Wednesday

July 23, 2014

July 23, 2014

Posted by **Lin** on Sunday, April 1, 2012 at 12:10pm.

A. Compute g(-1) and g(2). Explain why g(x)=0 must have at least one solution A between -1 and 2.

B. Compute g'(-1) and g'(2) in terms of values of f and f'. Verify that g'(-1) = g'(2). Explain why g"(x)=0 must have at least one solution B between -1 and 2.

C. Suppose now that f(x)=Cx^2 +D. Find values of C and D so that f(-1)=2 and f(2)=-1. Compute g(x)=f(f(x)) directly for those values of C and D and use algebra on the resulting formulas for g(x) and g"(x) to find numbers A and B between -1 and 2 so that g(A)=0 and g"(B)=0. The "abstract" assertions of a) and b) should be verified.

**Related Questions**

Math--Calculus - I'm having a tough time figuring out this problem... S(x) = ...

calculus - Let f be the function defined by f(x)= sqrt(x), 0 <or= x <or= 4...

Calculus - Decide if the following function f(x) is differentiable at x=0. Try ...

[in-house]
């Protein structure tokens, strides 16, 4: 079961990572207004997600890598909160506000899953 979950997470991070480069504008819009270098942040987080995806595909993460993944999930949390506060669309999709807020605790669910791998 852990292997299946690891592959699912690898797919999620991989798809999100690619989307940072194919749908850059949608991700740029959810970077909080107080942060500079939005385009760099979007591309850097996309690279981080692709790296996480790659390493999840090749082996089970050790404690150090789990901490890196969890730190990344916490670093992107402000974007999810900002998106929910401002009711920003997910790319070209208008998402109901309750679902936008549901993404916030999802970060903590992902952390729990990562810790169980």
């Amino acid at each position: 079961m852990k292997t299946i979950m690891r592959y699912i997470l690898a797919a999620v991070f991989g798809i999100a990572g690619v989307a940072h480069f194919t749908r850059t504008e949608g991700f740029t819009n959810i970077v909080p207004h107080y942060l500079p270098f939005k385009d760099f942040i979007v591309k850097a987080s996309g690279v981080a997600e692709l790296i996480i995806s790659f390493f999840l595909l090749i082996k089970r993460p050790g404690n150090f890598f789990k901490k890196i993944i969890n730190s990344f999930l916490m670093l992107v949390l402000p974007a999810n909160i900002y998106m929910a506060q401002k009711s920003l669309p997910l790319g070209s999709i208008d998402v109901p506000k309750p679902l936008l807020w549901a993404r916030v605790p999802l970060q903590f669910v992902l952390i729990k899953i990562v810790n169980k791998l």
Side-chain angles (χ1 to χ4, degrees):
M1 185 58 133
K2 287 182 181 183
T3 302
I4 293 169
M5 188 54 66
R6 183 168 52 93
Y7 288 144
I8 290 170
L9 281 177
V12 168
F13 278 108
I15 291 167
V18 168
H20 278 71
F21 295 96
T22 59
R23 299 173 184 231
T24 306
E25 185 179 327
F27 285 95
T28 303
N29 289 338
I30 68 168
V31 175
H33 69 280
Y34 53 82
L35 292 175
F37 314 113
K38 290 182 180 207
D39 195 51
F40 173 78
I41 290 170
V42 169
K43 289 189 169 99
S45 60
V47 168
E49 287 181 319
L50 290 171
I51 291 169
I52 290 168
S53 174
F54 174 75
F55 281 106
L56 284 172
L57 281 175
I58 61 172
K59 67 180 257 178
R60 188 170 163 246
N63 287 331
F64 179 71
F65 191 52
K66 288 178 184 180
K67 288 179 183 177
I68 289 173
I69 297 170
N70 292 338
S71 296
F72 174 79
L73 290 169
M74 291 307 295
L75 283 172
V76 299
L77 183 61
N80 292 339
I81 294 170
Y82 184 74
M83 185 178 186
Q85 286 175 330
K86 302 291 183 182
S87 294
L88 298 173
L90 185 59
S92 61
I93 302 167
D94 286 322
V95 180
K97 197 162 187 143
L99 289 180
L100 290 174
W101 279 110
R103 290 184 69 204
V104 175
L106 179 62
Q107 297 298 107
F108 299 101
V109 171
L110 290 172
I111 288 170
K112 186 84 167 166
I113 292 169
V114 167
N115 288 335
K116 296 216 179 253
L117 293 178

calculus - In the following problem, suppose f(x) is continuous (and ...

Calculus - 1. For a differentiable function f, f' be the funcyion defined by f'(...

Calculus - Show that the function f(x)= x^(3) +3/(x^2) +2 has exactly one zero ...

Calculus - I need help creating an equation for a piecewise defined function ...

Calculus - Let f be a twice-differentiable function such that f(2)=5 and f(5)=2...

Calculus - Assuming that f and g are functions differentiable at a (though we do...

Calculus - Determine whether Rolle's Theorem can be applied to f on the closed ...